Published on December 2nd, 2008 | by Tom Schueneman1
Majority of People Surveyed Want Action on Emissions Reduction and Clean Energy
As negotiations get under way in earnest at the two-week United Nations Climate Conference in Poland, recent surveys suggest a majority of people in both developing and industrialized nations seek substantive action on global warming and want their governments to agree on carbon emission targets.
[social_buttons]The survey was commissioned by the HSBC Climate Partnership, a partnership of business and environmental groups. 12,000 people were surveyed in 12 countries and territories including Australia, Brazil, Canada, China, France, Germany, Hong Kong, India, Malaysia, Mexico, the United Kingdom and the United States.
A consensus to act
Results from the survey show that, even though the global economy follows the now-official U.S. recession, many people (40%) rank global climate ahead of the global economy as the bigger concern.
When it comes to scores of delegates converging to endlessly haggle over what to do about global warming, by far the majority of people just want action from their own government. 55% of respondents feel their governments should invest more in renewable energy while only 27% are interested in them participating in international climate change negotiations (I humbly suggest this could be due to how much progress past negotiations have brought to bear on the problem. With the United States ready to reassert itself as a leader in the international community, this will hopefully lead to real progress in such negotiations, and public sentiment may change).
This doesn’t mean people don’t want their governments to ignore the rest of the world when it comes to carbon emissions. A majority of those surveyed want their country to pull their weight in achieving emissions reductions. 72% of the Americans in the survey said the United States should reduce emissions by at least as much as other countries. In rapidly developing China, 62% think the country should reduce carbon emissions on par with other nations while only 4% believe their emissions should be allowed to increase.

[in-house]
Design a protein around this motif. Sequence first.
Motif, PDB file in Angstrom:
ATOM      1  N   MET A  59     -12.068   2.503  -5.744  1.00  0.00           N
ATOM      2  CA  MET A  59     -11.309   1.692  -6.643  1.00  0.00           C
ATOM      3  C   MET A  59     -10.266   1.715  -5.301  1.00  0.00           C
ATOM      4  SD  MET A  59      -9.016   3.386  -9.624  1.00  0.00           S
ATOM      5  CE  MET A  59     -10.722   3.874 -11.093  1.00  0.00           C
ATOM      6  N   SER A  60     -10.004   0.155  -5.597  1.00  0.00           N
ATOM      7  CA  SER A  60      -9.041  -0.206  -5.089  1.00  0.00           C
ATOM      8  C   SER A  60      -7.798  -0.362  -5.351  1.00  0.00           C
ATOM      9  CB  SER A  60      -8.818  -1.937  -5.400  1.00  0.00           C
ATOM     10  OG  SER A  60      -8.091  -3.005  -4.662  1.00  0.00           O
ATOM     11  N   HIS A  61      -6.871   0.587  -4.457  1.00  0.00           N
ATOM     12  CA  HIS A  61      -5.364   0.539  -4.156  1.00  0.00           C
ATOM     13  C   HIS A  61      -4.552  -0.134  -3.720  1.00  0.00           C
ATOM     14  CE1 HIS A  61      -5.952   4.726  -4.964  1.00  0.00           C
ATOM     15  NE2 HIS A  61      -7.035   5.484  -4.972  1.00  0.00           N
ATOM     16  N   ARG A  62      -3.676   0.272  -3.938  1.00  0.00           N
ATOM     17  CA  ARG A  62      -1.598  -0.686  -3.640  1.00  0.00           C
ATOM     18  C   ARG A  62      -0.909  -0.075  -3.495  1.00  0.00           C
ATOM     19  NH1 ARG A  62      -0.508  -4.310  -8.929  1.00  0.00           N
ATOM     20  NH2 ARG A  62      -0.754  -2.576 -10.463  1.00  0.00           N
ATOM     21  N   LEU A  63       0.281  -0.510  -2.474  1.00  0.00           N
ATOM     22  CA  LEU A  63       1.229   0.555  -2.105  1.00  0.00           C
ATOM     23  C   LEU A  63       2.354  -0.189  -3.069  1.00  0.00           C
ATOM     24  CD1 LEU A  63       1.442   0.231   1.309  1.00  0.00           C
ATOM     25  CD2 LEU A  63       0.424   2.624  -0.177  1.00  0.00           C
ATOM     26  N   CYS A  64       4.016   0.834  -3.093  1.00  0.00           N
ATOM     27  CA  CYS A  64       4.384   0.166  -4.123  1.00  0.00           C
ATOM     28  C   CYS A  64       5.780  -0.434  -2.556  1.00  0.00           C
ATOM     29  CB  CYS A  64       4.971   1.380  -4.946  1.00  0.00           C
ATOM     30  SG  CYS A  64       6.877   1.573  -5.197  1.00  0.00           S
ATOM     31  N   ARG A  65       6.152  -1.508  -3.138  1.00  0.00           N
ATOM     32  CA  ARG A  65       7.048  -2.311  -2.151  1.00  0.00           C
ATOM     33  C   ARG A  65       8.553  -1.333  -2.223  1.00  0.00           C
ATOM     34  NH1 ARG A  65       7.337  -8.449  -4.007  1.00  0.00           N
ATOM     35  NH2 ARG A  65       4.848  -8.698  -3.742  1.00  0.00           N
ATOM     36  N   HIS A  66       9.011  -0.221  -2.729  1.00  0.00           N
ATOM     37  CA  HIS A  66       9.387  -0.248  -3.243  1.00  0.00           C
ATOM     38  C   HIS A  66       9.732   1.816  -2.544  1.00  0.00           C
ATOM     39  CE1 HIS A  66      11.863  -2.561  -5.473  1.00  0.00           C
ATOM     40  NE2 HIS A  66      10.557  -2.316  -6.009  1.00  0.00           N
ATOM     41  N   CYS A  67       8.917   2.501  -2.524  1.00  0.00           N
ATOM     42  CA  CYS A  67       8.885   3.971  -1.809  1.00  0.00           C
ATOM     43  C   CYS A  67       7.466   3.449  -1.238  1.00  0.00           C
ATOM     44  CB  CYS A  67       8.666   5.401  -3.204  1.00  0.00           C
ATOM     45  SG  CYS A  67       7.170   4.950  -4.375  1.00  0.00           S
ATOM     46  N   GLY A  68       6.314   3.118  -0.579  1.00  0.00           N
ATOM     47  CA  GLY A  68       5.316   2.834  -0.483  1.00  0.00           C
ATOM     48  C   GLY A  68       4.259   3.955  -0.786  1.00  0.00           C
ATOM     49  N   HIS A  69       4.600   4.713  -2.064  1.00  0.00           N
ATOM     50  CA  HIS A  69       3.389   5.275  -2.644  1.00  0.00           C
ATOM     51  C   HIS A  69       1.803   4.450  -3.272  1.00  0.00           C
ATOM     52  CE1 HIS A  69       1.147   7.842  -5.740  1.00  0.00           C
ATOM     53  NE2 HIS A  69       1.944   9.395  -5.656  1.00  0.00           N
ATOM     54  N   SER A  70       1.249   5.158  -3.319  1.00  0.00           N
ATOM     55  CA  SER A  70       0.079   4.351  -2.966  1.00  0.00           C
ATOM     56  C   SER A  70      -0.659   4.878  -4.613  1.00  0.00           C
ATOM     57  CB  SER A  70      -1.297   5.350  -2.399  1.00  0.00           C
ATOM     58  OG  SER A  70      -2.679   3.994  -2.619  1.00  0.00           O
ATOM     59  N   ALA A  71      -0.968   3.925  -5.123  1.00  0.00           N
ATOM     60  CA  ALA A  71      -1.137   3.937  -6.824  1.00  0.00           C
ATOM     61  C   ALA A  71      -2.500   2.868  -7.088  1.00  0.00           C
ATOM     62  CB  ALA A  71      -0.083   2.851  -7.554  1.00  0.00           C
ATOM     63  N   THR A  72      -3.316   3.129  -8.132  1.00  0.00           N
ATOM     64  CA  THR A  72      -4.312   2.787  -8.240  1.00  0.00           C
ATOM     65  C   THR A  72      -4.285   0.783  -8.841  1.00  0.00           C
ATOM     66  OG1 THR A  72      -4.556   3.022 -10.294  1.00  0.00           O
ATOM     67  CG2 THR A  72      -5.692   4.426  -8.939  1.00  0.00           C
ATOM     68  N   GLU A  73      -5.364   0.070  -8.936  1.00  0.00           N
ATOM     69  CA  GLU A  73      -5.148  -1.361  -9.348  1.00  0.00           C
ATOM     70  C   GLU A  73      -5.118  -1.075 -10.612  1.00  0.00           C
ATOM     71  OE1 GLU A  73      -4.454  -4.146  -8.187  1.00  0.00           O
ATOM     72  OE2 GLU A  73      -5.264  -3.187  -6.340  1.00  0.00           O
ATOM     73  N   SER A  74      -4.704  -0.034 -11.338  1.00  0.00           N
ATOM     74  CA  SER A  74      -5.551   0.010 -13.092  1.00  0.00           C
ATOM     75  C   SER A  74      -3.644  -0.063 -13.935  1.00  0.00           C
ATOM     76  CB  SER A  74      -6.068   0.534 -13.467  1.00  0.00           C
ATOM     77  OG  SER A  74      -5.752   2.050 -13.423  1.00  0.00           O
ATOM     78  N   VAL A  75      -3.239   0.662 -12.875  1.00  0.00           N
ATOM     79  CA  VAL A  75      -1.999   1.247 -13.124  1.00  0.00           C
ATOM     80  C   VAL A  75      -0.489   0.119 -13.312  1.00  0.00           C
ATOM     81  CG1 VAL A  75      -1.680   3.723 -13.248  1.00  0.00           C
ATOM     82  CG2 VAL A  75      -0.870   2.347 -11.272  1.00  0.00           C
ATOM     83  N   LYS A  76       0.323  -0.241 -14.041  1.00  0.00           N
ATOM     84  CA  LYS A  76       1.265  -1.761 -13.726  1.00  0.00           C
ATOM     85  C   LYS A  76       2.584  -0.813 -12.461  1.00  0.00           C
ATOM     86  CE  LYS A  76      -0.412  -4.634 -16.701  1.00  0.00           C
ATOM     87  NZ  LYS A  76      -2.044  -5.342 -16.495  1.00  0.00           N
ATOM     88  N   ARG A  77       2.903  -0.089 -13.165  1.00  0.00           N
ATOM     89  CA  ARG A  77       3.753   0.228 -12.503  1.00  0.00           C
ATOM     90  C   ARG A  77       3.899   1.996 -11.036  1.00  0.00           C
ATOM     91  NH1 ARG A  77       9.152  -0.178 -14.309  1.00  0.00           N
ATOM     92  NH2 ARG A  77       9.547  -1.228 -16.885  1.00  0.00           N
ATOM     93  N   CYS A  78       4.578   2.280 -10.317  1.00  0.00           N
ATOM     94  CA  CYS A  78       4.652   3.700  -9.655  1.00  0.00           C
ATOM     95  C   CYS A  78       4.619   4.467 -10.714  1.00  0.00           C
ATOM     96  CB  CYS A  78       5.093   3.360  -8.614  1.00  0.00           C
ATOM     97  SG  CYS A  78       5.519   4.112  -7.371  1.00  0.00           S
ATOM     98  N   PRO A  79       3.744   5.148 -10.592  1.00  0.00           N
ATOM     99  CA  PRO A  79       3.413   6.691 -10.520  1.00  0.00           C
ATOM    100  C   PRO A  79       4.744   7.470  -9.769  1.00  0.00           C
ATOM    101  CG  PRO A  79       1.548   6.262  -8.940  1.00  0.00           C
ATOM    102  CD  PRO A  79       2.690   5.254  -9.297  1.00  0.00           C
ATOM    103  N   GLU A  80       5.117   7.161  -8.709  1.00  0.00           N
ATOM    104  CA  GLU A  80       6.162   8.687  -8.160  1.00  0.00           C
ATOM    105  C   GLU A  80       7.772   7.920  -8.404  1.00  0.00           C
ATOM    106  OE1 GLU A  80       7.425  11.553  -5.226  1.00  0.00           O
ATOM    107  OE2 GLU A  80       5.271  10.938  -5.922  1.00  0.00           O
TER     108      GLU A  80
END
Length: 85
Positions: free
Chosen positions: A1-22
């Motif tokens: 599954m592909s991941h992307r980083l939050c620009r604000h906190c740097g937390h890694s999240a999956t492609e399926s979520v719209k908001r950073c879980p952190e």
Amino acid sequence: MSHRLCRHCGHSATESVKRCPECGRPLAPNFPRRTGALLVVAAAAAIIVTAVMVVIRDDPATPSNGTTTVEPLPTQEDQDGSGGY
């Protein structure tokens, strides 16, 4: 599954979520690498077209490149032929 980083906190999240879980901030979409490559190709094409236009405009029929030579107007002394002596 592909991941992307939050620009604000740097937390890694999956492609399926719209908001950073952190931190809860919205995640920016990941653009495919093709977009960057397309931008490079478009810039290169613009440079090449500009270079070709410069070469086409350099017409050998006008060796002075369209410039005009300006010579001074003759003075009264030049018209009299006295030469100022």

Support for clean energy
In another research project by the University of Maryland in collaboration with WorldPublicOpinion.org, a poll of nearly 21,000 people in 21 nations found strong support for governments requiring utilities to use more alternative sources of energy, including wind, solar, and biomass, and to further require businesses to use energy more efficiently. Even if it costs more at the outset, most people, 77% on average throughout the 21 nations, believe it is necessary and will be less costly in the long run than a continued and growing reliance on fossil fuel.
“It is quite remarkable that there is such unanimity around the world that government should address the problem of energy by emphasizing alternative energy sources and greater efficiency,” comments Steven Kull, director of WorldPublicOpinion.org. “Equally remarkable is how little the governments around the world are following the public’s lead.”
Image Credits: iStockPhoto.com/HSBC.com
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